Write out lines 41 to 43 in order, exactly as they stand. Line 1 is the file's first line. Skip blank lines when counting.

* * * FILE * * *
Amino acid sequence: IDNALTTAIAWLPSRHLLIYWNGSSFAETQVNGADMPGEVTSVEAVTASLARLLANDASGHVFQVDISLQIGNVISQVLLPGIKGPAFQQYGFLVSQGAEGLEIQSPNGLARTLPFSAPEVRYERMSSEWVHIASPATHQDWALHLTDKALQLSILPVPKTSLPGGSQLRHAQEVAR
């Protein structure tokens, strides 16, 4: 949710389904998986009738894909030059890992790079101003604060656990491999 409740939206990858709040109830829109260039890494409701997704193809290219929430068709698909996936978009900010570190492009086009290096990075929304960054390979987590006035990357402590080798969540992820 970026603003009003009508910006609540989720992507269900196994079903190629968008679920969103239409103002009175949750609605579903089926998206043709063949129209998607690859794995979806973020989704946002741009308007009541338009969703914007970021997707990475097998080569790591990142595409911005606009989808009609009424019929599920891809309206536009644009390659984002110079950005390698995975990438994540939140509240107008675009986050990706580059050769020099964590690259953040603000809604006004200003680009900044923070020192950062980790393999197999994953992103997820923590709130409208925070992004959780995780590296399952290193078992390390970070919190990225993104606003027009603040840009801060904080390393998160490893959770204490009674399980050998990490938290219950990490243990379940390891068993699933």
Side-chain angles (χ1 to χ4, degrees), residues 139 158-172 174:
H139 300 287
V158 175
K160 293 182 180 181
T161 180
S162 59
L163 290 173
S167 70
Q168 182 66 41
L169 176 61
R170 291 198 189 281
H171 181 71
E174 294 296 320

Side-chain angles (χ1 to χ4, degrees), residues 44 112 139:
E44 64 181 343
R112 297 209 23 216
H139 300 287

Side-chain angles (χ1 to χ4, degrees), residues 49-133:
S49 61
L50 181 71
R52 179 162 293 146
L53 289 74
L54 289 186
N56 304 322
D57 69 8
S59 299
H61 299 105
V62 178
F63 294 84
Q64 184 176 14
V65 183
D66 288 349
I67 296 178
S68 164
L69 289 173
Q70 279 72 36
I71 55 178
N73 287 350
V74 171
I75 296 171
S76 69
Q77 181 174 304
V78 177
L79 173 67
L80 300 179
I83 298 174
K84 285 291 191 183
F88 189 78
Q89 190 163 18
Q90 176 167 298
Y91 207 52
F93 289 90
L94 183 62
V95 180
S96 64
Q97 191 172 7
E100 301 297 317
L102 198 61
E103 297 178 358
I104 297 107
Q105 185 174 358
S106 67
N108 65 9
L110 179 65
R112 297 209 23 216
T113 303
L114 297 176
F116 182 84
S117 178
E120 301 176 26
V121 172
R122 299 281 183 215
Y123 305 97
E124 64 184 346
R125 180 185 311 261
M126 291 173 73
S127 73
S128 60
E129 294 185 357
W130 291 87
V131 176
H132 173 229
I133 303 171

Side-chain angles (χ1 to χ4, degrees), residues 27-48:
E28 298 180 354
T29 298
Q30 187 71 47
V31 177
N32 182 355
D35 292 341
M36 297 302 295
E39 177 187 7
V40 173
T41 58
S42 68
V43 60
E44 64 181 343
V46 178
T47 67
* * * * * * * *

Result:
V74 171
I75 296 171
S76 69